By Niall Gormley
Almost 60 per cent of students received their first preference choice in the Round One offers from the CAO for Level 8 courses. This represents a 5 per cent increase in first preference offers over last year. Around 85 per cent of applicants received an offer from their first three preferences.
In Level 6 and 7 courses, 90 per cent of applicants got their first preferences and 99 per cent were offered one of their top three choices.
The news on first preferences was welcomed by the Department of Education and is seen as a success for their initiatives to reduce competition, particularly around medicine education. Points for nursing courses fell in response to the opening of additional places, including some in Northern Ireland funded by the government in Dublin.
Speaking on RTE, Provost of Trinity College Dublin Dr Linda Doyle said points have dropped because there are more places available and there are more universities offering courses this year. Dr Doyle said that TCD reduced its use of random selection to offer places to those on equal points.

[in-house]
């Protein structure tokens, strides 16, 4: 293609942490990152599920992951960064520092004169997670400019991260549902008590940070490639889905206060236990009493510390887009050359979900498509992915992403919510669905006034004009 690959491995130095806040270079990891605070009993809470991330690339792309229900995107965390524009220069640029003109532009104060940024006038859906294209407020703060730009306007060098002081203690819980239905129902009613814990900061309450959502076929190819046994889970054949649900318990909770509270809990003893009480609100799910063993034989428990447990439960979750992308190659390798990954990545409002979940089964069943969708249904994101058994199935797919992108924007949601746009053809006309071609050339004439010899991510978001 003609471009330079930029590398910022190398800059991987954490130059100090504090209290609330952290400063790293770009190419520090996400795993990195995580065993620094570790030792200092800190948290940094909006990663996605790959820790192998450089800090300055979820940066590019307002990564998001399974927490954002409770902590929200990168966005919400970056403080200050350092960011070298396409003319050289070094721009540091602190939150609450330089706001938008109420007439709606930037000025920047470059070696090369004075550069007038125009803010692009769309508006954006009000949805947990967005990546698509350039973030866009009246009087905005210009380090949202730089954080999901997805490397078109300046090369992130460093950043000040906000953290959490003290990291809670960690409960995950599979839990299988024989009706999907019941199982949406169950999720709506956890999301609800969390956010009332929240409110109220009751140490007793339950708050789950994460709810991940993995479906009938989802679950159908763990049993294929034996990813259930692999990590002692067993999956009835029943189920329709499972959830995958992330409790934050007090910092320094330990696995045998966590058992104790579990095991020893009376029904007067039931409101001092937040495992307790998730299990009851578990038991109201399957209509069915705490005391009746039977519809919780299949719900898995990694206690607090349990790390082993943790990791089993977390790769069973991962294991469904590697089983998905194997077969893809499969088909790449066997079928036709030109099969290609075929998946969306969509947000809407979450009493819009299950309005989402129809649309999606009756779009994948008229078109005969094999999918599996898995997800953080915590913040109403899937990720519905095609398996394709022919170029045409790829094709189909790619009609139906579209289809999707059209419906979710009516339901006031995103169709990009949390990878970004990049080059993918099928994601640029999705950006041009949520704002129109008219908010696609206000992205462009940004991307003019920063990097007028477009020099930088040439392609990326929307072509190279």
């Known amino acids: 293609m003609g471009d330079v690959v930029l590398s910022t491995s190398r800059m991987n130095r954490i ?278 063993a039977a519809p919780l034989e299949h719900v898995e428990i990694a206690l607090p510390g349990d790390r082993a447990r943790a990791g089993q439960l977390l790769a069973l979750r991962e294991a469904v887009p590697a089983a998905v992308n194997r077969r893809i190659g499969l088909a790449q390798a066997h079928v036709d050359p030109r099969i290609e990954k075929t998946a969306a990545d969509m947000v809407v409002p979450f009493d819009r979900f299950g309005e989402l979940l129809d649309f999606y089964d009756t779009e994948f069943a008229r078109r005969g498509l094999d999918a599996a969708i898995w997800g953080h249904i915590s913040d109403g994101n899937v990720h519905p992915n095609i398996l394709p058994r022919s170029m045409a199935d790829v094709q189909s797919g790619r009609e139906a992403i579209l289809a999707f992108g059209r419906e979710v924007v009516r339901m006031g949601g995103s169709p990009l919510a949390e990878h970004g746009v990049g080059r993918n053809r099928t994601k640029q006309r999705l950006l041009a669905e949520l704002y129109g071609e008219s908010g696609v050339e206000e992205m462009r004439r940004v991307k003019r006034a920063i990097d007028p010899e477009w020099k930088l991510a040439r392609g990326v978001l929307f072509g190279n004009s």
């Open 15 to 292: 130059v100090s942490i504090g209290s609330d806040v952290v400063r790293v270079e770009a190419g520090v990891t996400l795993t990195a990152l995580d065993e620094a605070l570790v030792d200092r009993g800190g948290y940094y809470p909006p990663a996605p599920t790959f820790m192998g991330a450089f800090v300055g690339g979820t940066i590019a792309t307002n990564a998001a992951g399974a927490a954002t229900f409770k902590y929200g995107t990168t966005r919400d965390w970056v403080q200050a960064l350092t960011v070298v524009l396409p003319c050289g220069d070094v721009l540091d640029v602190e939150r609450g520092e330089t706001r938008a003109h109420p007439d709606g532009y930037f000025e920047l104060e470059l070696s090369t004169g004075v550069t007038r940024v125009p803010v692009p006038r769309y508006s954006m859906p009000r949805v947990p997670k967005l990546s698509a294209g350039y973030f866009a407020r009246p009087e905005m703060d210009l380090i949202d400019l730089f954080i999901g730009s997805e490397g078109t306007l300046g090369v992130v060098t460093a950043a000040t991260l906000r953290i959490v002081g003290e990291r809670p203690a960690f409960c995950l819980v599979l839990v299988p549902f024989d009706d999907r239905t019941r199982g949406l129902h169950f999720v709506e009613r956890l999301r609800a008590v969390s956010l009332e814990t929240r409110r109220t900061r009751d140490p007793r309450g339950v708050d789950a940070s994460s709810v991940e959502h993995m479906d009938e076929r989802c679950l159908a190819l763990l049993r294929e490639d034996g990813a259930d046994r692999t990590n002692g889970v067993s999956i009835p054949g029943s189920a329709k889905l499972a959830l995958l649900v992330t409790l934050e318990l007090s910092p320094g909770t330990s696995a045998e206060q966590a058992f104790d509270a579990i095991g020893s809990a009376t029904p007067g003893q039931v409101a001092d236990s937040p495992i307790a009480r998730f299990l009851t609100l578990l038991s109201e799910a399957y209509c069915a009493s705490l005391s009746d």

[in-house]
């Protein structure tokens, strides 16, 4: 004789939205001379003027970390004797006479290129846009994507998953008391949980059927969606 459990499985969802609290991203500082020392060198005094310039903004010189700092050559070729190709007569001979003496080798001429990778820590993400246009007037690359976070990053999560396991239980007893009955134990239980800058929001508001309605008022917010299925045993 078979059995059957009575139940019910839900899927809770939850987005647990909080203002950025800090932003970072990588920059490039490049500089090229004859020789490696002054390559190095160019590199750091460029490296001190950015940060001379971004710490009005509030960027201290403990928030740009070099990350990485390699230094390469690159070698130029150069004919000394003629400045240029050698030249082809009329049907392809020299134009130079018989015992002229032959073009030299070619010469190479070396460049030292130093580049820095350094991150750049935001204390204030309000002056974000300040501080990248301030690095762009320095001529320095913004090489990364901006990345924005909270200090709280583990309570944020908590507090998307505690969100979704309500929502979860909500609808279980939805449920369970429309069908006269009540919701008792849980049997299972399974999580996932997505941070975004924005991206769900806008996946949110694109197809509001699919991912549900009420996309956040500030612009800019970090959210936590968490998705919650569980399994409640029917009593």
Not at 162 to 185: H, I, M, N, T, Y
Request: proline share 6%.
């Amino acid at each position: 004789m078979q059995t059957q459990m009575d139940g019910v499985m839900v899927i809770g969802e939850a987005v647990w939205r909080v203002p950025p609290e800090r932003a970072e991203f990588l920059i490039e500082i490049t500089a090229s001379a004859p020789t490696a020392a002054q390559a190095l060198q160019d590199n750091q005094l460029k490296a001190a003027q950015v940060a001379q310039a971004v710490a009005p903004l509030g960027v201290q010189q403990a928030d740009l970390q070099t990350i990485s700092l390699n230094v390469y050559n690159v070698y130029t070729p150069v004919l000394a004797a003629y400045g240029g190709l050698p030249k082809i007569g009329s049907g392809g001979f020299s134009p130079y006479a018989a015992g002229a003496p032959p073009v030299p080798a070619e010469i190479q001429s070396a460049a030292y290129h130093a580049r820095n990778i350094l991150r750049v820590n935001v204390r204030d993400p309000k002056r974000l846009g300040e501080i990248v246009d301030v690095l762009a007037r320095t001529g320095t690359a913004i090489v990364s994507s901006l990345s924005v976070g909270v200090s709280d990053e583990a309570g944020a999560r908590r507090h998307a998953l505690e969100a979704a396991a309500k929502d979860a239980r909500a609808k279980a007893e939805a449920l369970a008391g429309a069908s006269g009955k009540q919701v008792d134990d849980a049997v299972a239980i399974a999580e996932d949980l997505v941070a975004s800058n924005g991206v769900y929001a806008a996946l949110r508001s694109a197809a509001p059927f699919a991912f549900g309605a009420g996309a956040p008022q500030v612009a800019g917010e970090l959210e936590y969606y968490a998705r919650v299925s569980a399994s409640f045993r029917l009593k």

“In Trinity this year, we have only four courses that were using random selection as distinct from nine last year, so it is improving,” she said.
Further education transfers
CAO figures showed that there was a significant increase in the numbers of students accessing Higher Education courses from the Further Education sector. Numbers presenting QQI FET qualifications rose from 10,589 in 2022 to 10,999 this year.
In contrast, numbers accessing college through the HEAR scheme, for those from disadvantaged socio-economic backgrounds, fell from 9,247 in 2022 to 8,620 in 2023. The reason for this decline is not clear but is likely to be related to improvements in the Further Education routes.
There was a huge 13 per cent rise in access through the DARE scheme, for people with disabilities, with numbers rising from 8,730 in 2022 to 9,910 this year.